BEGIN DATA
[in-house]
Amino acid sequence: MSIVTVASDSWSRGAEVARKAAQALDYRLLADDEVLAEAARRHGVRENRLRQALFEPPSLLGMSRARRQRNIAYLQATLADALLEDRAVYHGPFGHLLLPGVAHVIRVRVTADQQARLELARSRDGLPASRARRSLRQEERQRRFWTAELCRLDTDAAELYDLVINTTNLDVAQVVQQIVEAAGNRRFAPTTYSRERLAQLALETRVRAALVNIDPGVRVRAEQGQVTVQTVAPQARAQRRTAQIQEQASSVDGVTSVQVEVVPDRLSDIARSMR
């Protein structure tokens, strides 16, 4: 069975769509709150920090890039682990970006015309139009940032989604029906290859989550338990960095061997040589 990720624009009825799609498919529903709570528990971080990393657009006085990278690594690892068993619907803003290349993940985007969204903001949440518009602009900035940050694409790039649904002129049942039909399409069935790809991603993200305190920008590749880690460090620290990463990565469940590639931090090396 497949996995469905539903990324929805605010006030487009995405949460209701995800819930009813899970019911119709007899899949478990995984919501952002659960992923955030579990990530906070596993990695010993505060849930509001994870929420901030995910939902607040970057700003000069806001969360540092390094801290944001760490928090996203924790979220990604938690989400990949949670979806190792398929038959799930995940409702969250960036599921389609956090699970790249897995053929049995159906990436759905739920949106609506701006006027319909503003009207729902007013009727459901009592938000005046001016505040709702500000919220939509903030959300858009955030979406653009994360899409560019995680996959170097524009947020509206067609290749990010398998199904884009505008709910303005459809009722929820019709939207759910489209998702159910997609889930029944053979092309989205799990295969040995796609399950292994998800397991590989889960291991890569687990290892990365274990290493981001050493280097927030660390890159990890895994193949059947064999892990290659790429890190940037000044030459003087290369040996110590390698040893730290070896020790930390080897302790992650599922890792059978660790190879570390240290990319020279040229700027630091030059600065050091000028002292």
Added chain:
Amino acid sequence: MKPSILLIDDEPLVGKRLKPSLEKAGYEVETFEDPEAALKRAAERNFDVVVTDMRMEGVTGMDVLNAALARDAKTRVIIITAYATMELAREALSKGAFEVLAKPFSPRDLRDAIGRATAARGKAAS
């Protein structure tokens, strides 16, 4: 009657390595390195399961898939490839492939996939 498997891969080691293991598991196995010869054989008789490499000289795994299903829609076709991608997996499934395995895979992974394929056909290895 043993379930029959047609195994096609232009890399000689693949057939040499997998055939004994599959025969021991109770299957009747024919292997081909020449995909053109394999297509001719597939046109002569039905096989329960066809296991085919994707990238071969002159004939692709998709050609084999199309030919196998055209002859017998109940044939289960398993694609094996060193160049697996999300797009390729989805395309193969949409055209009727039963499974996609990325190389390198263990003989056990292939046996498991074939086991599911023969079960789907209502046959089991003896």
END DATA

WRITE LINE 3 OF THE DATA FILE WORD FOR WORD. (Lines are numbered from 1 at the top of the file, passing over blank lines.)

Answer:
């Protein structure tokens, strides 16, 4: 069975769509709150920090890039682990970006015309139009940032989604029906290859989550338990960095061997040589 990720624009009825799609498919529903709570528990971080990393657009006085990278690594690892068993619907803003290349993940985007969204903001949440518009602009900035940050694409790039649904002129049942039909399409069935790809991603993200305190920008590749880690460090620290990463990565469940590639931090090396 497949996995469905539903990324929805605010006030487009995405949460209701995800819930009813899970019911119709007899899949478990995984919501952002659960992923955030579990990530906070596993990695010993505060849930509001994870929420901030995910939902607040970057700003000069806001969360540092390094801290944001760490928090996203924790979220990604938690989400990949949670979806190792398929038959799930995940409702969250960036599921389609956090699970790249897995053929049995159906990436759905739920949106609506701006006027319909503003009207729902007013009727459901009592938000005046001016505040709702500000919220939509903030959300858009955030979406653009994360899409560019995680996959170097524009947020509206067609290749990010398998199904884009505008709910303005459809009722929820019709939207759910489209998702159910997609889930029944053979092309989205799990295969040995796609399950292994998800397991590989889960291991890569687990290892990365274990290493981001050493280097927030660390890159990890895994193949059947064999892990290659790429890190940037000044030459003087290369040996110590390698040893730290070896020790930390080897302790992650599922890792059978660790190879570390240290990319020279040229700027630091030059600065050091000028002292």